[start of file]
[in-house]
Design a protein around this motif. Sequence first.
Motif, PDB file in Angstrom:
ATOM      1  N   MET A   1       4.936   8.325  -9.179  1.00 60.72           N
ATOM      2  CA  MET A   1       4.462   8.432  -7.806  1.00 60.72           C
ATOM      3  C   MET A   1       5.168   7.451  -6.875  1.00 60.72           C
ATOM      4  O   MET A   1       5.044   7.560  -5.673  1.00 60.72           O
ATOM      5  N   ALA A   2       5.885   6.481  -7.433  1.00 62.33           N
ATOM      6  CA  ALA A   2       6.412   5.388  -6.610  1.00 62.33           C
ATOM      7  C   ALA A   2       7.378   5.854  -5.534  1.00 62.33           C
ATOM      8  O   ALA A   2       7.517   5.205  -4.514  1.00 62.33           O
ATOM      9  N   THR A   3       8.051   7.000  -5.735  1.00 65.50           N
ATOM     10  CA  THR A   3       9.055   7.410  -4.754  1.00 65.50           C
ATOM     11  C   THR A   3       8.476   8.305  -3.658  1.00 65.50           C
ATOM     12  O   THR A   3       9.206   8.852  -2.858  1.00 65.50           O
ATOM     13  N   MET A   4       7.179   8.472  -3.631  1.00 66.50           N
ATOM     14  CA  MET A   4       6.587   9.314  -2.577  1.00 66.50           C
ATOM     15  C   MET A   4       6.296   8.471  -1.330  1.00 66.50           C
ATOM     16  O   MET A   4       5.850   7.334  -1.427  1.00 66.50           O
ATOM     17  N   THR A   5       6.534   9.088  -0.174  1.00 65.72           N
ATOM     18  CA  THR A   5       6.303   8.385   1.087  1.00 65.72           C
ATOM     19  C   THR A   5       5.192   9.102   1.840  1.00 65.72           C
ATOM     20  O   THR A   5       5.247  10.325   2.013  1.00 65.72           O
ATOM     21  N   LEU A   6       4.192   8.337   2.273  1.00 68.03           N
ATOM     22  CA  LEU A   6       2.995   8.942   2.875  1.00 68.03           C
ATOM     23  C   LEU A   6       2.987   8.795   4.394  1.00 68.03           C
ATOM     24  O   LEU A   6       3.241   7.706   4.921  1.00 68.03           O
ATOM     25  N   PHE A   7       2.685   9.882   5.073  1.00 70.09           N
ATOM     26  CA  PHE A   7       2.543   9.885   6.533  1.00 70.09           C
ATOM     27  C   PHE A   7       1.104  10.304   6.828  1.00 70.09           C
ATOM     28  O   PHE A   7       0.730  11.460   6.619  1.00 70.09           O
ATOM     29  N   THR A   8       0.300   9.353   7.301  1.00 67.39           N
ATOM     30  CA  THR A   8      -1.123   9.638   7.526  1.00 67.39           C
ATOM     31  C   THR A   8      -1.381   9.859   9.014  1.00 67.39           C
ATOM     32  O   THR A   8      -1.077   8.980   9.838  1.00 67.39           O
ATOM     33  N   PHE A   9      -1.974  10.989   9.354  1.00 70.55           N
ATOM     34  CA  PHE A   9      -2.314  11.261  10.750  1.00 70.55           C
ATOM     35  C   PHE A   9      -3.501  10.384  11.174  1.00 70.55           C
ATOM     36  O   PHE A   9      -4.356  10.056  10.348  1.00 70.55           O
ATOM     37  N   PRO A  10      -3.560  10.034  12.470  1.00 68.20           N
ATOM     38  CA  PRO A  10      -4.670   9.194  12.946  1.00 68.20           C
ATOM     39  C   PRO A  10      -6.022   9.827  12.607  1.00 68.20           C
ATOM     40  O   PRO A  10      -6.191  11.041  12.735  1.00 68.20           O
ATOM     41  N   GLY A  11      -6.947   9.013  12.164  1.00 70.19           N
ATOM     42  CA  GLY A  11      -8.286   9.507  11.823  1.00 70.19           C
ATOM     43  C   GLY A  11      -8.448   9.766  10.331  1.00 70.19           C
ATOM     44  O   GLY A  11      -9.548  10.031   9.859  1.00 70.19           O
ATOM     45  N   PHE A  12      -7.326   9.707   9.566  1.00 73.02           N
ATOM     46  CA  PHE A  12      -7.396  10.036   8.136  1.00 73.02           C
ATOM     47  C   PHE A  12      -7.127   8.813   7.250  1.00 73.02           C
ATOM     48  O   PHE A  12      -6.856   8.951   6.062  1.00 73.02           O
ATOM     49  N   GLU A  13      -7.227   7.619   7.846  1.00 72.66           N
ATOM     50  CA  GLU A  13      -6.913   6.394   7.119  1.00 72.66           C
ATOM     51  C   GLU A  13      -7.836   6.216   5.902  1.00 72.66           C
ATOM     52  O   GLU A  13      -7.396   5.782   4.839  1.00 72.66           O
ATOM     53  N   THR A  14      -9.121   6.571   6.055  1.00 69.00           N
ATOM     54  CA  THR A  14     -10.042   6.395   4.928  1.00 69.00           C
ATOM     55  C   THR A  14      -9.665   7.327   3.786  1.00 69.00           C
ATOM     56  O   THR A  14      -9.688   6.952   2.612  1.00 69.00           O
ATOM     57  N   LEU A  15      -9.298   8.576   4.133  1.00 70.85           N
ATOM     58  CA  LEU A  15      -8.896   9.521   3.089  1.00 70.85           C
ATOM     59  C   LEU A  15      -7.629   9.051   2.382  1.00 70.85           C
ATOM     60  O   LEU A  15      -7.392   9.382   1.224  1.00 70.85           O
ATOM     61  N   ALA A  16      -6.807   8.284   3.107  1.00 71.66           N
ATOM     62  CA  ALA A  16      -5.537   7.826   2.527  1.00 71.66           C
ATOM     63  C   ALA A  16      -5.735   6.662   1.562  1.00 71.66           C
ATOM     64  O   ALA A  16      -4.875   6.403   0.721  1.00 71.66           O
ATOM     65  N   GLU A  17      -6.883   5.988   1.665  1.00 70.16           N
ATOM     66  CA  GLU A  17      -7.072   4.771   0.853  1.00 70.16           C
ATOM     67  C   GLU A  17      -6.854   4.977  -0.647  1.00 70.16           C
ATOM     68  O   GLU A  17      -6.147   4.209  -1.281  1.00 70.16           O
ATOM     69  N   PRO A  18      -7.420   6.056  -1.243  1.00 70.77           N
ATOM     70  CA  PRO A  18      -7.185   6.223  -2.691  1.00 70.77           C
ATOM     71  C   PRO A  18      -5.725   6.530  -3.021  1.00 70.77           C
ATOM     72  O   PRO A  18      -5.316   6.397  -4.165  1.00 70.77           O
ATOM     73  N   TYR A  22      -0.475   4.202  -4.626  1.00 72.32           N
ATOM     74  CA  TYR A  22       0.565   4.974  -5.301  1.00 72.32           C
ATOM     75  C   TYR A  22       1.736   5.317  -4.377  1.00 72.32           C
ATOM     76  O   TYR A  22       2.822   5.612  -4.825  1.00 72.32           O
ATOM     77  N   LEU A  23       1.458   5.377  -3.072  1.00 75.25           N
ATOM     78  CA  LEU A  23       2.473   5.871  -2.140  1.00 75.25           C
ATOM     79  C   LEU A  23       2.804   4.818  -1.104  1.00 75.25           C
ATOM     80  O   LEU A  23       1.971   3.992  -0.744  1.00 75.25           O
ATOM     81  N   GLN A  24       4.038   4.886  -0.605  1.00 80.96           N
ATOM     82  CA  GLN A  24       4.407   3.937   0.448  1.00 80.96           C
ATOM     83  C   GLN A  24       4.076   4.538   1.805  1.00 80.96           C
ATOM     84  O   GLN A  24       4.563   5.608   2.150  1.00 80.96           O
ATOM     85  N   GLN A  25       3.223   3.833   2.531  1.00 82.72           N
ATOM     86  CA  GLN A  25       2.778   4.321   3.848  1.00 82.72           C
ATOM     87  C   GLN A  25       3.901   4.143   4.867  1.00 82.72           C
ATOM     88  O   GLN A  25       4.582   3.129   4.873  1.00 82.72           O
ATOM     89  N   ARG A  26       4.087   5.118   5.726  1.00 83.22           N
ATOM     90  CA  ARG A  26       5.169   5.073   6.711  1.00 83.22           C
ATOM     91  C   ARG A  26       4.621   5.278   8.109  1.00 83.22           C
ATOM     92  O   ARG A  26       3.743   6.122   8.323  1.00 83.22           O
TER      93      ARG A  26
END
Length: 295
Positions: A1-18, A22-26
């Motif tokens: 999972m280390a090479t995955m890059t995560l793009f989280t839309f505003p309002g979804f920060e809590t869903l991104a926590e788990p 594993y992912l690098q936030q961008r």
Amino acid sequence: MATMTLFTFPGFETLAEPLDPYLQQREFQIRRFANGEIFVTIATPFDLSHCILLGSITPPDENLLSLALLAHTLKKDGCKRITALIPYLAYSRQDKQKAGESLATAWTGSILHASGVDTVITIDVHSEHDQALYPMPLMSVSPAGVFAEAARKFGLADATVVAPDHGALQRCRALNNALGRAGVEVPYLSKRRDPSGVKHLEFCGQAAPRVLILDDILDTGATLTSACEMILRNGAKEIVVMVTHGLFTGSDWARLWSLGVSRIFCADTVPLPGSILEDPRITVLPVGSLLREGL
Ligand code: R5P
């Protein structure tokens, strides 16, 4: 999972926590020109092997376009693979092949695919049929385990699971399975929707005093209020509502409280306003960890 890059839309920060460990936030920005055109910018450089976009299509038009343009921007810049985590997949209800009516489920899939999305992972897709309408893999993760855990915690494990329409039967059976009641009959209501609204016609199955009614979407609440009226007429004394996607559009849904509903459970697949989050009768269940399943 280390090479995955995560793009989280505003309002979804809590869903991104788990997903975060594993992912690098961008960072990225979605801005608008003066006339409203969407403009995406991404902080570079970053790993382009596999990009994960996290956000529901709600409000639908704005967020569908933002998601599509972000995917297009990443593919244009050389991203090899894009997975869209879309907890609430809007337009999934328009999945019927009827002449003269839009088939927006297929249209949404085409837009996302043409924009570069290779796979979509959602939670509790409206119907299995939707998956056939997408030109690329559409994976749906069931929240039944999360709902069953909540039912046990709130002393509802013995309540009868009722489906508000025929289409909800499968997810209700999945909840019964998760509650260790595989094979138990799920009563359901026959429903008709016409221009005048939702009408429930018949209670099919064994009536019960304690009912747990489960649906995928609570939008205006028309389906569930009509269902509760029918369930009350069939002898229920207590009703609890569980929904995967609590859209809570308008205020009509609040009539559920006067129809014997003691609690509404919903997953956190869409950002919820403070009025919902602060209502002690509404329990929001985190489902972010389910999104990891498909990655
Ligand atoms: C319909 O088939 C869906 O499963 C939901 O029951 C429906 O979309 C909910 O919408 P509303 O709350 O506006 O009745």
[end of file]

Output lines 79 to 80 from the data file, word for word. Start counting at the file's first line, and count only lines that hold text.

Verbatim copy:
ATOM     76  O   TYR A  22       2.822   5.612  -4.825  1.00 72.32           O
ATOM     77  N   LEU A  23       1.458   5.377  -3.072  1.00 75.25           N